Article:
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Cloud Printing: The Untethered Revolution

Connecting to a printer is usually a pain. You start with trying to get the printer onto the network, continue by looking for the right driver, make sure the computer and printer are actually connected, and hope something will happen. Printing from a tablet or smartphone is even worse as you also navigate through a plethora of apps that all claim to do the same thing. This isn’t how to clean your printer or where to buy printer ink — it’s just trying to get the printer to work! The whole process leaves you wondering why these problems weren’t solved years ago, and why even in 2012, no one has figured out how to make printing easy.

From all appearances, though, the revolution has finally come. Anyone paying attention to changes in technology knows that the biggest story of the last year was the cloud. Free services for storing music, pictures, and files online are increasing by the day, and many tasks can now be done online because of Web 2.0. Now, printing is finally joining the trend.

Cloud printing appeared in a very simple form with HP’s ePrint system. If your printer is enabled for ePrint, you can sign up for a unique email address and any documents or pictures sent to that address will be automatically printed. That means you can do it from anywhere and from any device. Still, the information is not technically stored in the cloud.

Cloud printing came into a mature form through Google. Google’s Cloud Print standard is now being built into some printers so that they are ready to work right out of the box. Plug the printer in, toggle a few settings, and you’re ready to print from anywhere and from any device. What makes this especially impressive is that it doesn’t even require a computer. The printer can finally stand alone, untethered because it receives its information from the cloud.

So what about the 99% of us that don’t have a Cloud Print enabled printer? Google has also made it possible to use any printer connected to a computer with Cloud Print. Using Google Chrome and Google’s Cloud Print webpage, your computer becomes the proxy for the printer. Any documents printed through the cloud first land on your computer and then are automatically printed. Everything will be automatic and simple, as long as your computer is turned on and connected to the printer.

Google has also formed a relationship with FedEx Office so that you can quickly and easily print to any of their retail stores. Once again, the process is painless, and you can print from almost any device.

Here’s where the limitations are. You’ll need to figure out solutions to make each platform work. For instance, you can easily print from Google Chrome, Google Docs, or Android devices (though even this is still technically in Beta). If you want to print from other applications or from iOS, you’ll need a different solution and there are plenty of options. PrintCentral Pro for iOS lets you send webpages, emails, contacts, pictures, and documents to Google Cloud Print. Several applications let you print from Mac OS or from Windows through the normal print dialogue. Still, you’ll have to install them and get them configured before Cloud Print will work.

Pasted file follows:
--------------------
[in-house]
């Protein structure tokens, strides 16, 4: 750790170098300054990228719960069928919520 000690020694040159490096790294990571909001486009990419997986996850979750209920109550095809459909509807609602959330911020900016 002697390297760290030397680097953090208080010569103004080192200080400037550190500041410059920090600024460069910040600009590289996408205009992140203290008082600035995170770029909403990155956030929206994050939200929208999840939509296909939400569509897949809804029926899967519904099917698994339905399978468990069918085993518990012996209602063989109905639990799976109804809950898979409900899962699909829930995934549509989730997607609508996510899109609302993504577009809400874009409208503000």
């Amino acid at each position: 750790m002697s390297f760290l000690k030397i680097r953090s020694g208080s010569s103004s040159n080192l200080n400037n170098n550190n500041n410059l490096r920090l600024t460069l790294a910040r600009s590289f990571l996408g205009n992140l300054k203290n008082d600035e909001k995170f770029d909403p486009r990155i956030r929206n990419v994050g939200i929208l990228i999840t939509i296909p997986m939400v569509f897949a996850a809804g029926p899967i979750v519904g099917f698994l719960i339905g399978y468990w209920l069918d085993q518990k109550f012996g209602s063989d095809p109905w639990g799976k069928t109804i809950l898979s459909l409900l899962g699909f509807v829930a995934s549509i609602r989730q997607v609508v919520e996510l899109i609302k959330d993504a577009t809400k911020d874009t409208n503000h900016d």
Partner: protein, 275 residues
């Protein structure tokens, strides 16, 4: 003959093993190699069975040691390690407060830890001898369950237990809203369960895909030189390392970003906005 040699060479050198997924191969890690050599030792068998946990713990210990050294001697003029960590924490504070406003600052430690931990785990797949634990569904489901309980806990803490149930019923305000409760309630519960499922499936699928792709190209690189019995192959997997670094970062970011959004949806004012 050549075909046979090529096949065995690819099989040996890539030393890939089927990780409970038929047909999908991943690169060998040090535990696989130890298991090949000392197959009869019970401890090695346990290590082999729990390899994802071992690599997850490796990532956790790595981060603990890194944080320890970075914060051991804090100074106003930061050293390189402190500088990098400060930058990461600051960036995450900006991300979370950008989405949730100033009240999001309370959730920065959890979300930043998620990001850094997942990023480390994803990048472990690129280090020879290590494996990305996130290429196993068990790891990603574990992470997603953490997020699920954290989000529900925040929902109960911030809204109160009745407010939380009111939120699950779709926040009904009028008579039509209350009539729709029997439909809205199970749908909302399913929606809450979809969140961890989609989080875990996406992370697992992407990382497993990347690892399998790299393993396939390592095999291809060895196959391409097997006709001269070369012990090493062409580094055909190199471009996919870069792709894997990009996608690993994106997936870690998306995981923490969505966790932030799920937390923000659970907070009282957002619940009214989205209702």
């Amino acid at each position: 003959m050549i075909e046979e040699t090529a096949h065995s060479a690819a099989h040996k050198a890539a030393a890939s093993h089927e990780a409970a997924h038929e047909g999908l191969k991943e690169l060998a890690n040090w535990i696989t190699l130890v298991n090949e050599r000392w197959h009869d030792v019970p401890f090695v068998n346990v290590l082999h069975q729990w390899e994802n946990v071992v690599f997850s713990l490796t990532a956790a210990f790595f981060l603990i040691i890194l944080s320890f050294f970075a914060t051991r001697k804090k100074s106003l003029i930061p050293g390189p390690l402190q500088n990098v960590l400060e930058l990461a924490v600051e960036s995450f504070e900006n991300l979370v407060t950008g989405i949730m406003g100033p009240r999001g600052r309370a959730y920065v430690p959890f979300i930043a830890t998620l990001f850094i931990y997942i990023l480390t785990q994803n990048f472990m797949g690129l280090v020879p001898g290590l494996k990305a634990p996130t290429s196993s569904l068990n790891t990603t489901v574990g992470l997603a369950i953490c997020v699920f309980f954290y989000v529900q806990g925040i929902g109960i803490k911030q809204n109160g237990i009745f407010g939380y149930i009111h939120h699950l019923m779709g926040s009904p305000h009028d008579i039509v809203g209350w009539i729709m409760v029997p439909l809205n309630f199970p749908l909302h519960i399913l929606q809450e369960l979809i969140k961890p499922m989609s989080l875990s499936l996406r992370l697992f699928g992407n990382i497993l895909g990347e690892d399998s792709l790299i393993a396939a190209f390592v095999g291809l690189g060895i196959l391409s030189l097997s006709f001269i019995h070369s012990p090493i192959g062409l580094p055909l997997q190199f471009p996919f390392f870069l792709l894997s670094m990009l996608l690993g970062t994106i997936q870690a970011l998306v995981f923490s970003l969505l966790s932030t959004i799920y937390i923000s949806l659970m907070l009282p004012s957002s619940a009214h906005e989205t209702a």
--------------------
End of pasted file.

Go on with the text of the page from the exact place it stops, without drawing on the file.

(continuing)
There’s no question that cloud printing is the way of the future. Once the bugs are worked out and there is broad acceptance of the standard, cloud printing will save all of us a lot of time and headache. In the meantime, enjoy the early results of innovation and stay tuned for more developments!

Written By

Joel Arnold: This article is brought to you on behalf of Joel Arnold from, we offer laser toners and ink cartridges that have been remanufactured. My interests include global economics and traveling to places in Asia, Africa, and Europe. I am currently writing an academic book, and continue to advance my knowledge in global economics while abroad.



  1. Fernando

    May 25, 2012 at 12:24 pm

    I can print from Android devices?! Like from my smartphone? Awesome news. I don’t care if it’s in Beta, I must try it 😀 Wow, this will make my life easier, that’s sure.

    • Joel Arnold

      May 26, 2012 at 2:02 am

      Hey Fernando,

      Thanks for the feed back, and I sure am glad you feel this will help simplify your life! That’s what this is all about, right?


  2. Alec Farell

    May 25, 2012 at 8:51 pm

    I have tried right now to print from my SGS1 (Android based smartphone) trough Google’s Cloud Print and apparently, it is working fine. I say apparently because the printer toner is empty, but the PC transmitted to the printer the print command.

    • Joel Arnold

      May 26, 2012 at 2:18 am

      Hi Alec,
      I glad to hear it’s working out for you, well… for the most part anyways, I’d say I couldn’t help you with your empty printer toner but that wouldn’t be true at all 😛 Check out the link in my bio, we offer remanufactured cartridges at a fraction of the cost of OEM. Email me and I’ll send you a discount code! Then you’ll be able to see the results of your newly acquired skill.
      Thanks for the feedback,

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